Souvid Datta, Souvid Datta, Souvid Datta. Say the name, roll it around your mouth and remember its taste, the taste of a once promising wine turned sour and foul. A tragic tale of wasted talent, desiccated morals and perverted ambition.
Where to begin? Chances are that anyone reading this already knows the facts, but a brief resumé follows just in case:
Souvid Datta, an up-and-coming photojournalist, cloned a figure into one of his images for a series on Indian sex workers entitled ‘In the Shadows of Kolkata’, thus passing the original off as his own. The source photographer had been none other than Mary Ellen Mark, so the theft was doomed to be discovered sooner or later. Even so, it took an Indian social worker to uncover the theft rather than a picture editor (which does make one wonder how some of these people get their jobs!), but no matter, for Datta was damned. Petapixel publicised it, and Datta commenced his downhill slalom from there. He has now crashed and broken both his neck and career.
The scandal had barely emerged before it was further revealed that this was by no means his first transgression. As things turned out, he had stolen others’ images on previous occasions, a fact he confessed in an otherwise lily-livered interview he gave in his defence in TIME shortly after shutting down all his social media accounts and website. Moreover, it also emerged that he had happily snapped away while an underage sex worker was violated in an Indian brothel, then proceeded to publish an image showing her face.
On the back of these breaches of pretty well every single ethical rule of photojournalism Datta had built a meteoric career, receiving one major grant and award after the next. Pity the worthier photographers who missed out because the funds were allocated to Datta.
Particularly extraordinary was that all of this emerged over the course of little more than a week. Datta, who had previously been the apple of the eye of editors worldwide and bodies as significant as the Pulitzer Center, Alexia Foundation, Getty, Visura and others, was suddenly exposed as a first rate fraud with no moral compass. He cares for nothing and no one except his own success.
In the aforementioned TIME interview by Olivier Laurent, the really tough questions were consummately avoided and he was given every opportunity to make his excuses (post script: another article by the same author has since appeared, taking a far more critical approach). In essence, Datta would have us believe that he was simply too young to understand that using Mark’s work was wrong, that photographing a child being abused was wrong, that appropriating others’ images was wrong. He would have us believe he will now set about ‘making amends’.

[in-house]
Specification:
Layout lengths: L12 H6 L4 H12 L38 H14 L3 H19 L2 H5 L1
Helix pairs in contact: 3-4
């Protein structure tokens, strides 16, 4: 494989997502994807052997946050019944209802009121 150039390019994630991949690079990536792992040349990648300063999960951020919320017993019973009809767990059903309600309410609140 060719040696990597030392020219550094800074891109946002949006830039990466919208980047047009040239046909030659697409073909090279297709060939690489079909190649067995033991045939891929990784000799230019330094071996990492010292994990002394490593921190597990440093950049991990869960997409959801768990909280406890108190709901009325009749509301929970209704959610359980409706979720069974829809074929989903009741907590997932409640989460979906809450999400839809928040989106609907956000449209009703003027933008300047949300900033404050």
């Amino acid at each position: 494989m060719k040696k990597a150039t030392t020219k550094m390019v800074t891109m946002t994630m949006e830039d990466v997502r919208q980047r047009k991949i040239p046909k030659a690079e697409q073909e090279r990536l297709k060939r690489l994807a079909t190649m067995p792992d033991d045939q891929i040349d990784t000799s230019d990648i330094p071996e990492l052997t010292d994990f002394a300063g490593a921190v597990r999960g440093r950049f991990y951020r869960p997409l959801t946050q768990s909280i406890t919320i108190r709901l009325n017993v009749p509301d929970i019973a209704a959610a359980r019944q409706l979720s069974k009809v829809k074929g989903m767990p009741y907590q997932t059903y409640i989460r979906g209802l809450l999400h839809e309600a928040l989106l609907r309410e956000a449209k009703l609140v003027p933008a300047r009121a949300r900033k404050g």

But we believe nothing. There can be no trust for this person. Apart from his self-massaging in TIME, he has effectively gone into hiding, and let us hope he stays there.
But on the off chance you’re reading this, Souvid, let me tell you one thing: the only way you will make amends is by burying yourself in a hole, never to emerge. Your lack of respect for your subjects (people who trusted you), your public (people who trusted you) and your colleagues (people who require trust) is beyond redemption. Your credibility is shot and you deserve no future in the field of photography. You have had a life of immense privilege, attending one of Britain’s finest public schools (Harrow) and studying law, and yet you have the gall to use TIME as a platform in which to tell us that at 24 you were ‘too young’ to understand the ethics of your trade? Honestly, how dare you?
I could write hundreds of additional words here about the need for photojournalism to subject itself to a searching self-examination in the aftermath, and perhaps that is a topic for another time. A similar diatribe could be written about picture editors’ abject failure to identify this sooner, or why TIME has tacitly (or actively?) sought to give Datta a forum in which to seek a second chance. But the real point is that I hope and pray that Souvid Datta never, ever has a voice again, other than as an example of worst practice to be studied in photography courses around the world.
I did not think it was possible, but Souvid Datta has set a new Crap Factor benchmark, never to be surpassed: Crap Factor 20/10. May you and your kind rot, Souvid. I don’t just crap on your photos, I crap on you.
Souvid Datta, Souvid Datta, Souvid Datta. Say the name, roll it in your mouth, remember the taste, then spit it out for the poison that it is.